The Senate votes to begin working on a last-ditch effort to approve funds for Ukraine and Israel

Senate Majority Leader Chuck Schumer, D-N.Y., arrives at the Capitol Thursday while Republicans hold a closed-door meeting after blocking a bipartisan border package that had been tied to wartime aid for Ukraine, at the Capitol in Washington. (AP Photo/J. Scott Applewhite)

WASHINGTON — Overcoming a week of setbacks, the Senate on Thursday voted to begin work on a package of wartime funding for Ukraine, Israel and other U.S. allies. But doubts remained about support from Republicans who earlier rejected a carefully negotiated compromise that also included border enforcement policies.

Senate Majority Leader Chuck Schumer called the latest vote a “good first step” and pledged that the Senate would “keep working on this bill — until the job is done.”


The 67-32 vote was the first meaningful step Congress has taken in months to approve Ukraine aid, but it still faces a difficult path to final passage. Continued support from GOP senators is not guaranteed, and even if the legislation passes the Senate, it is expected to be more difficult to win approval in the Republican-controlled House, where Speaker Mike Johnson, R-La., has been noncommittal on the aid.

The Senate prepared for a days-long slog to reach a final vote. Leaders had not agreed to a process to limit the debate time for the bill as Republicans remained divided on how to approach the legislation.

The $95 billion package is intended to show American strength at a time when U.S. military troops have been attacked and killed in Jordan, allies including Ukraine and Israel are deep in war and unrest threatens to shake the global order. It is also the best chance for Congress to replenish completely depleted military aid for Ukraine — a goal shared by President Joe Biden, Schumer and Senate Republican leader Mitch McConnell.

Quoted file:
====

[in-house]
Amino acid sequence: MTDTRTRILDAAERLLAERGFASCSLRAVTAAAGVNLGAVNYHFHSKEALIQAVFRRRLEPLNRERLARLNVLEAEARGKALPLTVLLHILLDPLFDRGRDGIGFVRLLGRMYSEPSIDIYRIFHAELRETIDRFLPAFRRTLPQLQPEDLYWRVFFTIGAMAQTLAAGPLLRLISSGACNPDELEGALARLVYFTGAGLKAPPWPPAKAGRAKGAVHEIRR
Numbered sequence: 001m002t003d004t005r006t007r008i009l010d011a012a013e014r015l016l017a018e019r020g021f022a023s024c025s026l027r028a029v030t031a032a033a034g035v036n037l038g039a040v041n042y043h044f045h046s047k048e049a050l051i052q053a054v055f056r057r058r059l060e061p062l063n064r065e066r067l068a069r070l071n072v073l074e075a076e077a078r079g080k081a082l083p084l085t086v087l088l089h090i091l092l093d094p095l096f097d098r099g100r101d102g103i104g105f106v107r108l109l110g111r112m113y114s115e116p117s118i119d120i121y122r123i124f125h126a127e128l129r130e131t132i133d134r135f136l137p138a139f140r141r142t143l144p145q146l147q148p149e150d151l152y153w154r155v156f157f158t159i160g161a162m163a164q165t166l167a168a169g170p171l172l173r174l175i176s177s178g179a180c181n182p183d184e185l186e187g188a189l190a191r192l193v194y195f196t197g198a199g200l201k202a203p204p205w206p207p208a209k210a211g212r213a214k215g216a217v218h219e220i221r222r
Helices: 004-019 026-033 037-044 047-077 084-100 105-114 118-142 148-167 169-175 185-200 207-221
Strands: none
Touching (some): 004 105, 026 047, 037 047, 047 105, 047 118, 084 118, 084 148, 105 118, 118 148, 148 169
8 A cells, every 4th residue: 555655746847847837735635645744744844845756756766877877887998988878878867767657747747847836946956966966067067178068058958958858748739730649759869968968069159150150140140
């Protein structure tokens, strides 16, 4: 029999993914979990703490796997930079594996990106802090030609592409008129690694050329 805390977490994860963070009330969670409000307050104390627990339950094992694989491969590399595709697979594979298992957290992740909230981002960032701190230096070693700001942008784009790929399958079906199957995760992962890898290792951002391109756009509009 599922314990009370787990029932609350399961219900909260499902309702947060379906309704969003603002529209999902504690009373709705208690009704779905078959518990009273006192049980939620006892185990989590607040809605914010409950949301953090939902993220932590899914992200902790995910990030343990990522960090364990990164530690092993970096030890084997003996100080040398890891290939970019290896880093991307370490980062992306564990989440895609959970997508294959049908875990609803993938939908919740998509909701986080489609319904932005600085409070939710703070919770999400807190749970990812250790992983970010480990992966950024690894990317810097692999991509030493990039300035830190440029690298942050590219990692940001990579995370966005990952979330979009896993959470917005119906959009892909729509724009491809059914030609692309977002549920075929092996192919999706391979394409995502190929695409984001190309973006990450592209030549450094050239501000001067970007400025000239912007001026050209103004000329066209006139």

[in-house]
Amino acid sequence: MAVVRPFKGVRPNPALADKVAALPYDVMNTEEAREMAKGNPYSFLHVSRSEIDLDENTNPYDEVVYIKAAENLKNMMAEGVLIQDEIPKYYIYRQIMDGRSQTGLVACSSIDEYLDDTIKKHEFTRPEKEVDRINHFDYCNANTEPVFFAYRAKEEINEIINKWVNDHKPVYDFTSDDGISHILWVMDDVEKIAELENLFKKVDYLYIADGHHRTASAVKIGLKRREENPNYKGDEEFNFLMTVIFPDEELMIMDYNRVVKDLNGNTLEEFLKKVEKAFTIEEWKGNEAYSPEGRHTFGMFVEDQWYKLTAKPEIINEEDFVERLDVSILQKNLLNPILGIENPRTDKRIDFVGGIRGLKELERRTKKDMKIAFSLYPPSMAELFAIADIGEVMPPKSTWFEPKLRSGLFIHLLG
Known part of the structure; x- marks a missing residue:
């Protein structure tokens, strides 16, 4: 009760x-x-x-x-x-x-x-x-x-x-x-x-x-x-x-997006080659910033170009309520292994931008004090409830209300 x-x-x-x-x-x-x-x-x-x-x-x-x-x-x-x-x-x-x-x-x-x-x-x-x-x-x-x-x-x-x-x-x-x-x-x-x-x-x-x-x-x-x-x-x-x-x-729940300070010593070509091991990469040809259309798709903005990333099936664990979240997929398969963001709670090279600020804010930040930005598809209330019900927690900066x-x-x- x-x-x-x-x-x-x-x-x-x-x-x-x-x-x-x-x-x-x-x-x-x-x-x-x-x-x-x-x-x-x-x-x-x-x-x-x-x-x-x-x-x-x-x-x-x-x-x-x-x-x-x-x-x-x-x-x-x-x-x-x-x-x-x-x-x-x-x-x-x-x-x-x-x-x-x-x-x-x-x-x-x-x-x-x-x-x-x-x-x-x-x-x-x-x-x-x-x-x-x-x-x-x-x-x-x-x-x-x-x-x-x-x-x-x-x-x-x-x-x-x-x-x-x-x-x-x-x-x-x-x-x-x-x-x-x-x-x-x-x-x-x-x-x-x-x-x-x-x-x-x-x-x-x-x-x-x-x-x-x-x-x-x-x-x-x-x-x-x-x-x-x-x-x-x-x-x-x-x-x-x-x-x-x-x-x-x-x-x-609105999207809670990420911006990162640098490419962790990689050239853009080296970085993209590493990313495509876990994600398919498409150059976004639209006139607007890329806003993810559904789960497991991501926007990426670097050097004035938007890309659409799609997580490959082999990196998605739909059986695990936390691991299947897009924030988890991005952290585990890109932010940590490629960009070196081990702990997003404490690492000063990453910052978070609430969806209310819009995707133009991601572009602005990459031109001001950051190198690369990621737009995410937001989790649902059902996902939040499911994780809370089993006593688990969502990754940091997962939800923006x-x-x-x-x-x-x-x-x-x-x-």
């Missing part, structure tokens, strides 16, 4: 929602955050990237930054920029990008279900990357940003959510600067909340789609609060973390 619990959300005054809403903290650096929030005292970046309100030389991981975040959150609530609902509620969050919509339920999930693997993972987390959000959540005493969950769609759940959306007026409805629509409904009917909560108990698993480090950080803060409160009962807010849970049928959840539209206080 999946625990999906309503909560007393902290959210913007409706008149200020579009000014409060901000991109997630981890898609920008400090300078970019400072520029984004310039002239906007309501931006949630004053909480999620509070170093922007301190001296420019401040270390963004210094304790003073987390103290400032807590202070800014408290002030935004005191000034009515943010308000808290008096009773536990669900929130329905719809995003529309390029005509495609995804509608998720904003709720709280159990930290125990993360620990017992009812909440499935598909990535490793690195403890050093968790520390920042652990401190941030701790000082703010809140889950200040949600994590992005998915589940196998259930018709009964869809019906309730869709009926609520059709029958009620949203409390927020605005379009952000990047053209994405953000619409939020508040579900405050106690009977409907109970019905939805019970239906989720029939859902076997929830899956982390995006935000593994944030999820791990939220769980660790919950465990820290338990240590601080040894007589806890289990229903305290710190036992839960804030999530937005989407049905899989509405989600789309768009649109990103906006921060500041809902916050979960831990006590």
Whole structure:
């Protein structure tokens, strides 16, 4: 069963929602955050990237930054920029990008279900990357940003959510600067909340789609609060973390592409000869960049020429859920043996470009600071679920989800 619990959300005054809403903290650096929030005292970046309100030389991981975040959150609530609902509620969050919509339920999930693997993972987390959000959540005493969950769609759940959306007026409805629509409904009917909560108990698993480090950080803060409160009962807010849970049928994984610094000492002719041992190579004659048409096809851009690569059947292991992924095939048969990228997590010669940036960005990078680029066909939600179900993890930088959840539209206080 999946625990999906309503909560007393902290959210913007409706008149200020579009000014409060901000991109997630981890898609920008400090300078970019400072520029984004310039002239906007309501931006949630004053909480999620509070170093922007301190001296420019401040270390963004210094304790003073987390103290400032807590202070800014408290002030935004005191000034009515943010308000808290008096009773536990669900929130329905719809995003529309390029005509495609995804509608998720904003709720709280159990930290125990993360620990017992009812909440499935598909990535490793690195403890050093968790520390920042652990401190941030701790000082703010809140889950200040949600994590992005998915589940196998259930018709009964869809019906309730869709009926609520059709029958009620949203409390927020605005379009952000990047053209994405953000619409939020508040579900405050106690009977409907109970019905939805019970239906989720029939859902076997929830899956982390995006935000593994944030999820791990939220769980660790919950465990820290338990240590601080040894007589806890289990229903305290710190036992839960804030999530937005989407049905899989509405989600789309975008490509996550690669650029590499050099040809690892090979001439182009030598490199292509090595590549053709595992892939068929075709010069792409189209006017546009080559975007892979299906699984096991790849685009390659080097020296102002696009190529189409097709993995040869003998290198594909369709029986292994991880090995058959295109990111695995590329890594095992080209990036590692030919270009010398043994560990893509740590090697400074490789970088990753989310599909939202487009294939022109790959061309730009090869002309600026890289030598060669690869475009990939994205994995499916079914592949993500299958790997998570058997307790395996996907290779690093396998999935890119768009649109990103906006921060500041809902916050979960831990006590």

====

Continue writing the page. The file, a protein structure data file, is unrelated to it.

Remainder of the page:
After the collapse this week of a bipartisan agreement to include border policy changes in the package, Schumer salvaged $60 billion in aid for Ukraine, as well as roughly $35 billion for Israel, other allies and national security priorities in the current legislation.

But Senate Republicans were fractured and frustrated as they huddled Thursday morning to discuss their approach to the legislation and struggled to coalesce behind a plan to assert their priorities. Still, Schumer forged ahead to the noon-hour vote, essentially daring the Ukraine supporters within the GOP to vote against the aid.

Schumer’s push worked as the vote to begin debate on the new package cleared with 17 Republicans along with Democrats voting to move forward. Sen. Bernie Sanders, an independent from Vermont who opposes much of the aid for Israel, voted against it.

Some in the Senate vowed to do everything they could to delay final action.

“I’ll object to anything speeding up this rotten foreign spending bill’s passage,” said Sen. Rand Paul, a Kentucky Republican, on X.

The U.S. is already out of money to send missiles and ammunition to Kyiv, just as the nearly two-year-old war reaches a crucial juncture. Ukraine supporters say the drop-off in U.S. support is already being felt on the battlefield and by civilians. Russia has renewed its commitment to the invasion with relentless attacks.

“There are people in Ukraine right now, in the height of their winter, in trenches, being bombed and being killed,” said Sen. Thom Tillis, R-N.C.

While military support for Ukraine once enjoyed wide bipartisan support in Congress, an increasing number of Republicans in the House and Senate have expressed serious reservations about supporting a new round of funding for Ukraine. Following the lead of Donald Trump, they see the funding as wasteful and argue that an end to the conflict should be negotiated.

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